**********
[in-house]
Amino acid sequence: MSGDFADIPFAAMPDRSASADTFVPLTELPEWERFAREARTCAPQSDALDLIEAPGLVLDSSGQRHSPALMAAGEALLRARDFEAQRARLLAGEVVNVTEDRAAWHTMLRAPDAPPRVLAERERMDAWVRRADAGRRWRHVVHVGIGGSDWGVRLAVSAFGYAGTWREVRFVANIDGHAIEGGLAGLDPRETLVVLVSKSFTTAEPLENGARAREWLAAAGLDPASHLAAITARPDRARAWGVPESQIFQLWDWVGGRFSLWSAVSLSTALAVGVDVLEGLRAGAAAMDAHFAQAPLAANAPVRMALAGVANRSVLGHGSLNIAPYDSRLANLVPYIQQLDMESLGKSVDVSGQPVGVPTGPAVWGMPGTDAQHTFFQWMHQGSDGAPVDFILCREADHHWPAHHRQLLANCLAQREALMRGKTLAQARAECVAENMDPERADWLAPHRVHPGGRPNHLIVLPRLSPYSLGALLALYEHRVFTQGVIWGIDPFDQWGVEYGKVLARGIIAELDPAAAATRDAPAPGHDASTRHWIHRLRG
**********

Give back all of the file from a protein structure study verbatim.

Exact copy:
[in-house]
Amino acid sequence: MSGDFADIPFAAMPDRSASADTFVPLTELPEWERFAREARTCAPQSDALDLIEAPGLVLDSSGQRHSPALMAAGEALLRARDFEAQRARLLAGEVVNVTEDRAAWHTMLRAPDAPPRVLAERERMDAWVRRADAGRRWRHVVHVGIGGSDWGVRLAVSAFGYAGTWREVRFVANIDGHAIEGGLAGLDPRETLVVLVSKSFTTAEPLENGARAREWLAAAGLDPASHLAAITARPDRARAWGVPESQIFQLWDWVGGRFSLWSAVSLSTALAVGVDVLEGLRAGAAAMDAHFAQAPLAANAPVRMALAGVANRSVLGHGSLNIAPYDSRLANLVPYIQQLDMESLGKSVDVSGQPVGVPTGPAVWGMPGTDAQHTFFQWMHQGSDGAPVDFILCREADHHWPAHHRQLLANCLAQREALMRGKTLAQARAECVAENMDPERADWLAPHRVHPGGRPNHLIVLPRLSPYSLGALLALYEHRVFTQGVIWGIDPFDQWGVEYGKVLARGIIAELDPAAAATRDAPAPGHDASTRHWIHRLRG